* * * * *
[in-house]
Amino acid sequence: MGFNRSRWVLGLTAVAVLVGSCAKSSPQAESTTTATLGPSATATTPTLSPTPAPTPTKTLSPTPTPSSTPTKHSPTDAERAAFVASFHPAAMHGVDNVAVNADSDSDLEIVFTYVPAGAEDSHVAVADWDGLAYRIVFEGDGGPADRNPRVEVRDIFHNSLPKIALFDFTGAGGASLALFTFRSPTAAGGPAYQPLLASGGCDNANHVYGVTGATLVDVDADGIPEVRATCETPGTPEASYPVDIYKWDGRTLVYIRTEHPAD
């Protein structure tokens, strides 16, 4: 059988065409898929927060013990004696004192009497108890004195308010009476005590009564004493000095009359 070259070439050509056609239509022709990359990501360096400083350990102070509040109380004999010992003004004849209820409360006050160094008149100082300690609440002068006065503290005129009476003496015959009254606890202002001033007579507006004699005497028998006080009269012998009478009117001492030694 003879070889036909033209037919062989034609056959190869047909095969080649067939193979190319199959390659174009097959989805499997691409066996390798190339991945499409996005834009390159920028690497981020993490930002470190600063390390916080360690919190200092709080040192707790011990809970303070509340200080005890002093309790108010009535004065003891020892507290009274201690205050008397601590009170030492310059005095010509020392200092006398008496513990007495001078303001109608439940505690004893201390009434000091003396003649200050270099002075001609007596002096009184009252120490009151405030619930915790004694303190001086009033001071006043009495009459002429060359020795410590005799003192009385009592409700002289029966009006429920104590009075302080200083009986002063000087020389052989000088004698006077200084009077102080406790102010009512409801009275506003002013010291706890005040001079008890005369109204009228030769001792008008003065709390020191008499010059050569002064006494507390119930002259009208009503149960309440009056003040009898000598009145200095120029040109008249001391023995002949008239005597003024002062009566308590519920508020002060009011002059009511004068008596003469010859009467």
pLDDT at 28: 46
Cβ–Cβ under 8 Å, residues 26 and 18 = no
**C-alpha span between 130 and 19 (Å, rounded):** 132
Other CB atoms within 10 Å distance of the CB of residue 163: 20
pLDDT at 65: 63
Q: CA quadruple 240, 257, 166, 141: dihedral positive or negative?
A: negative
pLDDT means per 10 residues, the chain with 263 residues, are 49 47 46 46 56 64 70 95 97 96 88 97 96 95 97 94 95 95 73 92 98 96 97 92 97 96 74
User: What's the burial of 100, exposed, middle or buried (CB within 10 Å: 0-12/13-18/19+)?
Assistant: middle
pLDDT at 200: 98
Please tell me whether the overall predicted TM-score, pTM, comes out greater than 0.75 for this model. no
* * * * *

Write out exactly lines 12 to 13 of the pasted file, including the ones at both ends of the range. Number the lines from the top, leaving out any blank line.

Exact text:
User: What's the burial of 100, exposed, middle or buried (CB within 10 Å: 0-12/13-18/19+)?
Assistant: middle